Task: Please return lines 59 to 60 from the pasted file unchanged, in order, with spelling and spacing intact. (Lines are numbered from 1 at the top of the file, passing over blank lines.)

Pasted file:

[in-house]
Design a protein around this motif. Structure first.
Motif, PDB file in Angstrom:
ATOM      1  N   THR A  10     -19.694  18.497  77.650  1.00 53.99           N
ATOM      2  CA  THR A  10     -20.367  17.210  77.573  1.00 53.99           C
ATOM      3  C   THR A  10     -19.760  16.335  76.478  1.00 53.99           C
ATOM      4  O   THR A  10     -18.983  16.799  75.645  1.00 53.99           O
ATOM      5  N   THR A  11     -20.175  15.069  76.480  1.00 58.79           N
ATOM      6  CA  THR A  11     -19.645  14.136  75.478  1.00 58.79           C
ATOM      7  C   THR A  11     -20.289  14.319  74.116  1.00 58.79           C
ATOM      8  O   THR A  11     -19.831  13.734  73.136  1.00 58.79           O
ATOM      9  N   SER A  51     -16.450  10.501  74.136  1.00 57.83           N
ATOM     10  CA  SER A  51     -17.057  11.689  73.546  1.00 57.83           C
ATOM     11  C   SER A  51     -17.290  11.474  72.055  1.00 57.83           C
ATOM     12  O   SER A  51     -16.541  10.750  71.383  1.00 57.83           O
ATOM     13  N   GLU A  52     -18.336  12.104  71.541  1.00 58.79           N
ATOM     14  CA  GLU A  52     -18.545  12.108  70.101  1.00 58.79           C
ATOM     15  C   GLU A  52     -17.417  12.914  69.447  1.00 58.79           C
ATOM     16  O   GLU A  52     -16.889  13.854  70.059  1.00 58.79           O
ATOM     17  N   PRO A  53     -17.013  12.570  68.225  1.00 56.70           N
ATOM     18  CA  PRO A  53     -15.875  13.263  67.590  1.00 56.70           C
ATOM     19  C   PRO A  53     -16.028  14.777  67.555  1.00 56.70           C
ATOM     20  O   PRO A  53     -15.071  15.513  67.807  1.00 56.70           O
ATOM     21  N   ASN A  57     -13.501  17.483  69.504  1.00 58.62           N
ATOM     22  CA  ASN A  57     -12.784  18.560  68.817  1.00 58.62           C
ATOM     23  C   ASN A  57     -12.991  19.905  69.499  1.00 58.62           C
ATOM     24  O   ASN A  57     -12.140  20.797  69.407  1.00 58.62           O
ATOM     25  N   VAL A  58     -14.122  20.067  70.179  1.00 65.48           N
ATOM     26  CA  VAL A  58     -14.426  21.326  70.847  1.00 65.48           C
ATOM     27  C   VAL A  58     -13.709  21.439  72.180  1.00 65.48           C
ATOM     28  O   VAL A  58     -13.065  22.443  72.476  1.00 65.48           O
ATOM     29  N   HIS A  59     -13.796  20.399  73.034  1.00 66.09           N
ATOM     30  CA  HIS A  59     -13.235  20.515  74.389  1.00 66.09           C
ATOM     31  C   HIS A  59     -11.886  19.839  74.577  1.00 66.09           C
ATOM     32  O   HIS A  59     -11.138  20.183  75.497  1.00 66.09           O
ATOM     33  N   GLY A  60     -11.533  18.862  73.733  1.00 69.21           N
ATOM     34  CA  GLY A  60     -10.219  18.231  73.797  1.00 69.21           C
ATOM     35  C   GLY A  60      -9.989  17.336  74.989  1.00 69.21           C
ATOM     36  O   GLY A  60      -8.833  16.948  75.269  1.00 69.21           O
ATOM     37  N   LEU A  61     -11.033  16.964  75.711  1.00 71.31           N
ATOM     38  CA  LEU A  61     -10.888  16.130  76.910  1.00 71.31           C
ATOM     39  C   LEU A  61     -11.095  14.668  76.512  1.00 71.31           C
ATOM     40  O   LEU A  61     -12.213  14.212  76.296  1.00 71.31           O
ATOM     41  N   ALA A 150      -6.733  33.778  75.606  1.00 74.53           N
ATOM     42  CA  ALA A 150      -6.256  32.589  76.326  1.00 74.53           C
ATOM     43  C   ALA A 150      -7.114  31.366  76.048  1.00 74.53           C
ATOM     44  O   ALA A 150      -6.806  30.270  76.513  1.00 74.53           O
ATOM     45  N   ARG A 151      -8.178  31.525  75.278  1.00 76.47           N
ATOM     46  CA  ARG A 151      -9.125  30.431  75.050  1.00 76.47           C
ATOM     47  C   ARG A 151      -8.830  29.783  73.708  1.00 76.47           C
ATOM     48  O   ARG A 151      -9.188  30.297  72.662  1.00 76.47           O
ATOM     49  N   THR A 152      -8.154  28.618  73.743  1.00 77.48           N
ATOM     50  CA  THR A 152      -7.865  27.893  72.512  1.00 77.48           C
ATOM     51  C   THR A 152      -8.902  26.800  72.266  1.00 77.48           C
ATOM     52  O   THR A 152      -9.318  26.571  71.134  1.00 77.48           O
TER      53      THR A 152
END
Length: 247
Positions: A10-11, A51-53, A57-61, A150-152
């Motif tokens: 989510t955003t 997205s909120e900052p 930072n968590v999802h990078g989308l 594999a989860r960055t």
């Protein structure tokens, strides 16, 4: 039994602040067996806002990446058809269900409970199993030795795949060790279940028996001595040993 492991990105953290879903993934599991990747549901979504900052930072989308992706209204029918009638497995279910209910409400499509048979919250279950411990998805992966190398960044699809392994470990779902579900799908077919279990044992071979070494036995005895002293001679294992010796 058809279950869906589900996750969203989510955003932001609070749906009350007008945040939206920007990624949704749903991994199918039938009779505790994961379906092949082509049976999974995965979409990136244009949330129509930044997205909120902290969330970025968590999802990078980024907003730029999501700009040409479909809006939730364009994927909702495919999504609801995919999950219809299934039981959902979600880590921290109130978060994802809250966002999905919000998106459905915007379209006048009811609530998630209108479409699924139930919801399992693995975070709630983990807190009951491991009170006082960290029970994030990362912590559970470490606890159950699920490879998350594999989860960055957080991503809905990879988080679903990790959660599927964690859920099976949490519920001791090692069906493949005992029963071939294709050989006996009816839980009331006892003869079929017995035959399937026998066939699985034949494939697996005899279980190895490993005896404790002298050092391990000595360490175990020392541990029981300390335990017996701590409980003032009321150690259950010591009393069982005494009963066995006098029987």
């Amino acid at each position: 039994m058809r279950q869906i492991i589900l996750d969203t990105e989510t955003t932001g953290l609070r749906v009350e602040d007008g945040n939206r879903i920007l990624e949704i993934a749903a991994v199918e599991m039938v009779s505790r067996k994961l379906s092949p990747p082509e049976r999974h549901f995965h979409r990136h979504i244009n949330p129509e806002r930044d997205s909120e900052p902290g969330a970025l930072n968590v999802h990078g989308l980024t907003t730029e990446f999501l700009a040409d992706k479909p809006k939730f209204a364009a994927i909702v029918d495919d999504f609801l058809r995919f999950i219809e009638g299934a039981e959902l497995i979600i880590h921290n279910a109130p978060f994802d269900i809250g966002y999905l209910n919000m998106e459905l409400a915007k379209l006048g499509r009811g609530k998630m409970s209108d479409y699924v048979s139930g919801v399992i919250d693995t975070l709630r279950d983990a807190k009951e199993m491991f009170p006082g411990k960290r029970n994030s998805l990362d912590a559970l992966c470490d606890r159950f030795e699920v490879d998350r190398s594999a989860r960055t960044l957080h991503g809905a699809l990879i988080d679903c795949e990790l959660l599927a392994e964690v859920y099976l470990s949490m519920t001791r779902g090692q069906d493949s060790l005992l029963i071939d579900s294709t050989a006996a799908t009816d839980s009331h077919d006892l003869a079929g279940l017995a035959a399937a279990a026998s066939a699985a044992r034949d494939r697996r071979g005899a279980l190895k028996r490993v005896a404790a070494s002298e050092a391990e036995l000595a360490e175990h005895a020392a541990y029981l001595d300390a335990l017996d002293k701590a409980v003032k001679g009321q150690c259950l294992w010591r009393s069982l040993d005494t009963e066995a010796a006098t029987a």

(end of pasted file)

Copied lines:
Positions: A10-11, A51-53, A57-61, A150-152
């Motif tokens: 989510t955003t 997205s909120e900052p 930072n968590v999802h990078g989308l 594999a989860r960055t």